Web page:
I find myself wondering this, too: Between Skip The Dishes, UberEats and DoorDash, does anyone still actually cook dinner at home?

Major League Baseball is talking about expanding its playoffs and, the way I hear it, the post-season soon shall include everyone but the Little League World Series champions. Oh for the days when only two teams qualified for the rounders championship and they settled the debate when the sun was high and kids could listen to the weekday games in school. And, no, that doesn’t mean I’m living in the past. It means the MLB post-season shouldn’t be like a day at the beach. You know, “Everybody in!”

Some very strange blah, blah, blah in the playground last week. Start with Jim Crane, dismissive owner of the Houston Astros, who cheated their way to a MLB title with an elorate sign-stealing scheme. Asked if his club’s chicanery was the difference in its 2017 World Series win, Crane said, “this didn’t impact the game.” When challenged by a news snoop to explain how blatant cheating didn’t influence the outcome, he said, “I didn’t say it didn’t impact the game.”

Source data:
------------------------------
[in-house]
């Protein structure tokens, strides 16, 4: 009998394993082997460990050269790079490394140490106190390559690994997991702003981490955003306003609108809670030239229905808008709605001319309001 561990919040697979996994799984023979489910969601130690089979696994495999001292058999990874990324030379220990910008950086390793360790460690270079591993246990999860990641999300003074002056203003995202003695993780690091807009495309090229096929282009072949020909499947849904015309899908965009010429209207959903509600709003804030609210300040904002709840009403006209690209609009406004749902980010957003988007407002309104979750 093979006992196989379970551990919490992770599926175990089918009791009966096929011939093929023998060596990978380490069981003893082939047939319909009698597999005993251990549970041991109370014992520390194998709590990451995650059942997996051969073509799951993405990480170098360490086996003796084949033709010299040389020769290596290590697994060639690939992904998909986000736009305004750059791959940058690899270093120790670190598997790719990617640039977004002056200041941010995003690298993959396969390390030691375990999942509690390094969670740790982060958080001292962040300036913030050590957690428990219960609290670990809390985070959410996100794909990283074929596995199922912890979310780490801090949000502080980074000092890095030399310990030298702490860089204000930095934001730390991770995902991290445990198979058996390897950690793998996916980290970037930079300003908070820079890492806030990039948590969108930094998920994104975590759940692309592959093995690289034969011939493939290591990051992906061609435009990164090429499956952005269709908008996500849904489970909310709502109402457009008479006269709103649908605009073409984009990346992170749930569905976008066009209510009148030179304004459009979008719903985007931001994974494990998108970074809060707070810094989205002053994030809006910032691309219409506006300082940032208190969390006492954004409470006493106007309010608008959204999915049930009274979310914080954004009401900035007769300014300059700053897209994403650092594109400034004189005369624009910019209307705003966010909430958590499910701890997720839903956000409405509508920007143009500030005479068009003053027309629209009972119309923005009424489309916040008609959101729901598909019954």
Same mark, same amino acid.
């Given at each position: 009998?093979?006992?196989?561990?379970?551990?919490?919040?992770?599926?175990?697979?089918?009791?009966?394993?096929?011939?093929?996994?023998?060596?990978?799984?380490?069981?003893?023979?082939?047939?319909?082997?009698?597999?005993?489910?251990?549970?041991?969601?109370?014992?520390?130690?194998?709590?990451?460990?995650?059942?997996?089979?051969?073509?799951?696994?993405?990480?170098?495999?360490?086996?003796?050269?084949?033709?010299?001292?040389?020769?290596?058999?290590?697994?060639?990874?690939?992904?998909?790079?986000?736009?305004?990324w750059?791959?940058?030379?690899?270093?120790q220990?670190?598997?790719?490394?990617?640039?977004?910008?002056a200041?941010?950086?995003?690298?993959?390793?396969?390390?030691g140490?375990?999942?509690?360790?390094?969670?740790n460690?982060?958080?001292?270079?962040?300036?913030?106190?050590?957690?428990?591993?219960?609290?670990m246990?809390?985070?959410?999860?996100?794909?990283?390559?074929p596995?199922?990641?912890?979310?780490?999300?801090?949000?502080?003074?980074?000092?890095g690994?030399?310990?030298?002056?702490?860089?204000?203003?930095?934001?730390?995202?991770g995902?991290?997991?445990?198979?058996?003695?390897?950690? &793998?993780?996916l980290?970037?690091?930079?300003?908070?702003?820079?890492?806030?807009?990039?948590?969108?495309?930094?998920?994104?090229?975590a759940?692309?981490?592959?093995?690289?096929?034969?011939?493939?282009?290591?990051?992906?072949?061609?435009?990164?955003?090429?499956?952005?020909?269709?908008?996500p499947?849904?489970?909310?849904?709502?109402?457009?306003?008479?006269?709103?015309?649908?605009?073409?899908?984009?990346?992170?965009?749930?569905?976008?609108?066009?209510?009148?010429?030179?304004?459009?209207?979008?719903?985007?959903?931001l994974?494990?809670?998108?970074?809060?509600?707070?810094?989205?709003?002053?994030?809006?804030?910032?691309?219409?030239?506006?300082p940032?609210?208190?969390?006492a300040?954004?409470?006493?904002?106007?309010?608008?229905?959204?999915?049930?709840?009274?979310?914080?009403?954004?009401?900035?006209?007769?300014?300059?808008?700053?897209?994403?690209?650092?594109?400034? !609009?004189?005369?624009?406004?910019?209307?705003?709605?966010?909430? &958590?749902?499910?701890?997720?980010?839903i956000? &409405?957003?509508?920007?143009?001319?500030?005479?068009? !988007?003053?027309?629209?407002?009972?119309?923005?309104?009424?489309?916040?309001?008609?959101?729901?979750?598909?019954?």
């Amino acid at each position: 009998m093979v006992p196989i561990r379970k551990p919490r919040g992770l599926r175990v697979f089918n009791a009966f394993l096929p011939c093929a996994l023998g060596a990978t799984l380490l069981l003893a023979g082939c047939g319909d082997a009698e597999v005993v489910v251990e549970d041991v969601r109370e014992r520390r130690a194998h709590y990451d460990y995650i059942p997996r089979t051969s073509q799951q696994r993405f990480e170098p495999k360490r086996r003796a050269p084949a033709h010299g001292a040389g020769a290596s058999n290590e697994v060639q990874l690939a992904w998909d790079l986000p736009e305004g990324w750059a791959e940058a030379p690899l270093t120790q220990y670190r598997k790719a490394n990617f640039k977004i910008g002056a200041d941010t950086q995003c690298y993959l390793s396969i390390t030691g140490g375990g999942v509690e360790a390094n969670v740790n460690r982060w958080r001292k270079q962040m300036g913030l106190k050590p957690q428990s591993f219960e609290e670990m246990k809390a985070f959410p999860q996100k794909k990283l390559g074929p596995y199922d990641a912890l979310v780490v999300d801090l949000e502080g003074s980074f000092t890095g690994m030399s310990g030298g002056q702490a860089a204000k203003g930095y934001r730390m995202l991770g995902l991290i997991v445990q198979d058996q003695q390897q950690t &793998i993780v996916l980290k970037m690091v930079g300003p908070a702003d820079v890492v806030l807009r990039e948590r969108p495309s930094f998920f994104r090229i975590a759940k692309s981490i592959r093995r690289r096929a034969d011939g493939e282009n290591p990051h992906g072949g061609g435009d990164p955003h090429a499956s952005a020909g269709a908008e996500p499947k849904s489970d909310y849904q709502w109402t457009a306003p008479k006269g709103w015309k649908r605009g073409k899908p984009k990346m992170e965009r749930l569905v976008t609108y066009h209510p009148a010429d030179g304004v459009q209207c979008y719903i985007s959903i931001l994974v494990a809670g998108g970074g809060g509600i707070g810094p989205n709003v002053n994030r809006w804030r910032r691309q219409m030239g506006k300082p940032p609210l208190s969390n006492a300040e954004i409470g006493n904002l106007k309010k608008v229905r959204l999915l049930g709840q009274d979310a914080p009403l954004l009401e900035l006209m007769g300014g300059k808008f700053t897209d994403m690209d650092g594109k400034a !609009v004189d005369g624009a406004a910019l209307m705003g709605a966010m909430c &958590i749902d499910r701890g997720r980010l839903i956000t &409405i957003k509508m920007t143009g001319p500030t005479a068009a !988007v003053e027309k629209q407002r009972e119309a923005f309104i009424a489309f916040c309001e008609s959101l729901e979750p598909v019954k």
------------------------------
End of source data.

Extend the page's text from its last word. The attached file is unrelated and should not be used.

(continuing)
I believe Crane’s pants are still on fire.

Meanwhile, Mark Spector of Sportsnet delivered a head-scratching analysis of the Zack Kassian kicking incident, whereby the Edmonton Oilers forward put the bladed boots to Erik Cernak of the Tampa Bay Lightning while they were tangled in an on-ice heap. Spector said Cernak took “what appeared to be a skate sort of across the chest, got up, skated away like it was nothing. Didn’t even give a second look to Kassian. So, yes, it looked like it happened.”